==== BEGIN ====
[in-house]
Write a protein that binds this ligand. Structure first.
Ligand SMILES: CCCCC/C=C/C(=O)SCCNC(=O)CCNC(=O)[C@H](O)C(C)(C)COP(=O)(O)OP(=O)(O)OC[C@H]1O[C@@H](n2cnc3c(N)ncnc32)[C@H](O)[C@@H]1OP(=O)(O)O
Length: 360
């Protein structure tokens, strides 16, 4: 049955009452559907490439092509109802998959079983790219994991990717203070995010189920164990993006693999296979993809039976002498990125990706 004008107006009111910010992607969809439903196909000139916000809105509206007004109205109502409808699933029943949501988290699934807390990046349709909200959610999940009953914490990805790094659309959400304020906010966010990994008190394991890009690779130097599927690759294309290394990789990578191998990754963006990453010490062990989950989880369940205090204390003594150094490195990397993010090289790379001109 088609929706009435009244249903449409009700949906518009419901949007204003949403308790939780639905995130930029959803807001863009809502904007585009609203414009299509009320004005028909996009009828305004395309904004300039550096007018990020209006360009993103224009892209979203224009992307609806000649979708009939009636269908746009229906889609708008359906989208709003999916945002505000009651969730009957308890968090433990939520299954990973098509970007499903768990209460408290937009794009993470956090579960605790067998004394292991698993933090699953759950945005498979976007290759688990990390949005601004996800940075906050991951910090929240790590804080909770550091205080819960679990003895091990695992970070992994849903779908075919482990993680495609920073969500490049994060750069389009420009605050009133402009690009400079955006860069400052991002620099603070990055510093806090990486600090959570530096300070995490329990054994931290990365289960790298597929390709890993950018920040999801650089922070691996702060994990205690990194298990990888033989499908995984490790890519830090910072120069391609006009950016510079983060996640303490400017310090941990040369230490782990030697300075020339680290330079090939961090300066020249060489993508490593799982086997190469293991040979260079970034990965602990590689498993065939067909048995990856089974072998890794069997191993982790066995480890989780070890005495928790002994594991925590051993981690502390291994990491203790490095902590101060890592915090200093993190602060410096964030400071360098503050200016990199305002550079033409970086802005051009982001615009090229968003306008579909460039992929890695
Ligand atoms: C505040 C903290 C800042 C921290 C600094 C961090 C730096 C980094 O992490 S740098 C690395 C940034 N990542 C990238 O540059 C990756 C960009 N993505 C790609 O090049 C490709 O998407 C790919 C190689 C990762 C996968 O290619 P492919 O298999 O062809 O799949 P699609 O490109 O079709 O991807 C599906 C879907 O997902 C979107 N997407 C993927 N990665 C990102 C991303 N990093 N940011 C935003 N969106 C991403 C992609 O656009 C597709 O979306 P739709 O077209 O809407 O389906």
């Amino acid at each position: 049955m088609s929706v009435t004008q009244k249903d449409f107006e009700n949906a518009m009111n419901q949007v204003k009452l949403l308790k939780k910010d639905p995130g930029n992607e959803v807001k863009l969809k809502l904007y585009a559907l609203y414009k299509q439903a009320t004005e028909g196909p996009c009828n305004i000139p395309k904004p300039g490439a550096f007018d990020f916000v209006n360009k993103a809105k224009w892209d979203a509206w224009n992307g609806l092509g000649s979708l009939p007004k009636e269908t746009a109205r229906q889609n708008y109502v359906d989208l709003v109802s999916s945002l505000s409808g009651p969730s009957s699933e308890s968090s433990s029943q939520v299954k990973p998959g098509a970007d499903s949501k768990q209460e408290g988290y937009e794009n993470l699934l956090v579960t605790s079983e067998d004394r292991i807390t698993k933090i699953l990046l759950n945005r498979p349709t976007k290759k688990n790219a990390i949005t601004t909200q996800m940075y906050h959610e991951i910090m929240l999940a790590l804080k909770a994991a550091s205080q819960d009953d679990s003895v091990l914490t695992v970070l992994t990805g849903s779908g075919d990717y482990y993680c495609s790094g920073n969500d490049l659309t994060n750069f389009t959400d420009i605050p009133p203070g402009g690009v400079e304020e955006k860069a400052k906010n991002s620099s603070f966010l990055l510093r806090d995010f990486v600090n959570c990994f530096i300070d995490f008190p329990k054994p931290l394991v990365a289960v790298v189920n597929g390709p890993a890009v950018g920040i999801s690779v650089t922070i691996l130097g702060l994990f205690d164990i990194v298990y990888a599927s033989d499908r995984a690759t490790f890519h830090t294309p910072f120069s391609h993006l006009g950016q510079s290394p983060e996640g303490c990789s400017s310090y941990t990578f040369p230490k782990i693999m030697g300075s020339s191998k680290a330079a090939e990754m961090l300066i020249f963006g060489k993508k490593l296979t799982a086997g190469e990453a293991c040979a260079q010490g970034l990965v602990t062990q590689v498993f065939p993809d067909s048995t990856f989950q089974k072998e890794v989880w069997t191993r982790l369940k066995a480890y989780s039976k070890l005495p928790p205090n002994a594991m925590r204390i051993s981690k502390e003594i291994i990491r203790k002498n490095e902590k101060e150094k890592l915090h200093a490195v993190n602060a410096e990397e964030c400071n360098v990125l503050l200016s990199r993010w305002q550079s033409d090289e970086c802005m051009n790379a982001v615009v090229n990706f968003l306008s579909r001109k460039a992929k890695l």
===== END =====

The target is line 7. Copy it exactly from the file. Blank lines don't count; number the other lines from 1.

């Amino acid at each position: 049955m088609s929706v009435t004008q009244k249903d449409f107006e009700n949906a518009m009111n419901q949007v204003k009452l949403l308790k939780k910010d639905p995130g930029n992607e959803v807001k863009l969809k809502l904007y585009a559907l609203y414009k299509q439903a009320t004005e028909g196909p996009c009828n305004i000139p395309k904004p300039g490439a550096f007018d990020f916000v209006n360009k993103a809105k224009w892209d979203a509206w224009n992307g609806l092509g000649s979708l009939p007004k009636e269908t746009a109205r229906q889609n708008y109502v359906d989208l709003v109802s999916s945002l505000s409808g009651p969730s009957s699933e308890s968090s433990s029943q939520v299954k990973p998959g098509a970007d499903s949501k768990q209460e408290g988290y937009e794009n993470l699934l956090v579960t605790s079983e067998d004394r292991i807390t698993k933090i699953l990046l759950n945005r498979p349709t976007k290759k688990n790219a990390i949005t601004t909200q996800m940075y906050h959610e991951i910090m929240l999940a790590l804080k909770a994991a550091s205080q819960d009953d679990s003895v091990l914490t695992v970070l992994t990805g849903s779908g075919d990717y482990y993680c495609s790094g920073n969500d490049l659309t994060n750069f389009t959400d420009i605050p009133p203070g402009g690009v400079e304020e955006k860069a400052k906010n991002s620099s603070f966010l990055l510093r806090d995010f990486v600090n959570c990994f530096i300070d995490f008190p329990k054994p931290l394991v990365a289960v790298v189920n597929g390709p890993a890009v950018g920040i999801s690779v650089t922070i691996l130097g702060l994990f205690d164990i990194v298990y990888a599927s033989d499908r995984a690759t490790f890519h830090t294309p910072f120069s391609h993006l006009g950016q510079s290394p983060e996640g303490c990789s400017s310090y941990t990578f040369p230490k782990i693999m030697g300075s020339s191998k680290a330079a090939e990754m961090l300066i020249f963006g060489k993508k490593l296979t799982a086997g190469e990453a293991c040979a260079q010490g970034l990965v602990t062990q590689v498993f065939p993809d067909s048995t990856f989950q089974k072998e890794v989880w069997t191993r982790l369940k066995a480890y989780s039976k070890l005495p928790p205090n002994a594991m925590r204390i051993s981690k502390e003594i291994i990491r203790k002498n490095e902590k101060e150094k890592l915090h200093a490195v993190n602060a410096e990397e964030c400071n360098v990125l503050l200016s990199r993010w305002q550079s033409d090289e970086c802005m051009n790379a982001v615009v090229n990706f968003l306008s579909r001109k460039a992929k890695l």